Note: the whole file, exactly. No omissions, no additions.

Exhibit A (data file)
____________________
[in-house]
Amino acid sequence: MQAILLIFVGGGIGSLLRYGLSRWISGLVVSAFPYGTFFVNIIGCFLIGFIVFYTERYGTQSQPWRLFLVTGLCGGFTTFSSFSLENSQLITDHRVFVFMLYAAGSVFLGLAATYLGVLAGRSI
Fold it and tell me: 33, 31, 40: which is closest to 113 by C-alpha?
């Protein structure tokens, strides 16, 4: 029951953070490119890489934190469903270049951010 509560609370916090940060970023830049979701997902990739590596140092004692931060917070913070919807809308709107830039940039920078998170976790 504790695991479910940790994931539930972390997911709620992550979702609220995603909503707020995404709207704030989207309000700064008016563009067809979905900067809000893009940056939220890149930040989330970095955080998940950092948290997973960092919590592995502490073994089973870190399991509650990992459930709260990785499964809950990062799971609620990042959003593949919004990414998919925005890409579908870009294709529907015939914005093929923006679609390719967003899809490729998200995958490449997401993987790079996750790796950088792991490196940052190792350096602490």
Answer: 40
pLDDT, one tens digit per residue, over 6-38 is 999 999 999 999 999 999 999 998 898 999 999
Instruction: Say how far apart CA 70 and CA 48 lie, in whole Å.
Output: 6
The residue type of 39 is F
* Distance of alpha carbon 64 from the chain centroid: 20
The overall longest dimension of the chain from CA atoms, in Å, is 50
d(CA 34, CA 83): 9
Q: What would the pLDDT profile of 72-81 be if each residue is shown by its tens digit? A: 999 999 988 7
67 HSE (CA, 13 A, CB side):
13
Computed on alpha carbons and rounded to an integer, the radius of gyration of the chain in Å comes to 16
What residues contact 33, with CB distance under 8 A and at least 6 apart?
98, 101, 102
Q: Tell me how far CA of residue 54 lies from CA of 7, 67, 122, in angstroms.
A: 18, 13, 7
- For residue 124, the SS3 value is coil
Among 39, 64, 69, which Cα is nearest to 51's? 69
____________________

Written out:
[in-house]
Amino acid sequence: MQAILLIFVGGGIGSLLRYGLSRWISGLVVSAFPYGTFFVNIIGCFLIGFIVFYTERYGTQSQPWRLFLVTGLCGGFTTFSSFSLENSQLITDHRVFVFMLYAAGSVFLGLAATYLGVLAGRSI
Fold it and tell me: 33, 31, 40: which is closest to 113 by C-alpha?
């Protein structure tokens, strides 16, 4: 029951953070490119890489934190469903270049951010 509560609370916090940060970023830049979701997902990739590596140092004692931060917070913070919807809308709107830039940039920078998170976790 504790695991479910940790994931539930972390997911709620992550979702609220995603909503707020995404709207704030989207309000700064008016563009067809979905900067809000893009940056939220890149930040989330970095955080998940950092948290997973960092919590592995502490073994089973870190399991509650990992459930709260990785499964809950990062799971609620990042959003593949919004990414998919925005890409579908870009294709529907015939914005093929923006679609390719967003899809490729998200995958490449997401993987790079996750790796950088792991490196940052190792350096602490």
Answer: 40
pLDDT, one tens digit per residue, over 6-38 is 999 999 999 999 999 999 999 998 898 999 999
Instruction: Say how far apart CA 70 and CA 48 lie, in whole Å.
Output: 6
The residue type of 39 is F
* Distance of alpha carbon 64 from the chain centroid: 20
The overall longest dimension of the chain from CA atoms, in Å, is 50
d(CA 34, CA 83): 9
Q: What would the pLDDT profile of 72-81 be if each residue is shown by its tens digit? A: 999 999 988 7
67 HSE (CA, 13 A, CB side):
13
Computed on alpha carbons and rounded to an integer, the radius of gyration of the chain in Å comes to 16
What residues contact 33, with CB distance under 8 A and at least 6 apart?
98, 101, 102
Q: Tell me how far CA of residue 54 lies from CA of 7, 67, 122, in angstroms.
A: 18, 13, 7
- For residue 124, the SS3 value is coil
Among 39, 64, 69, which Cα is nearest to 51's? 69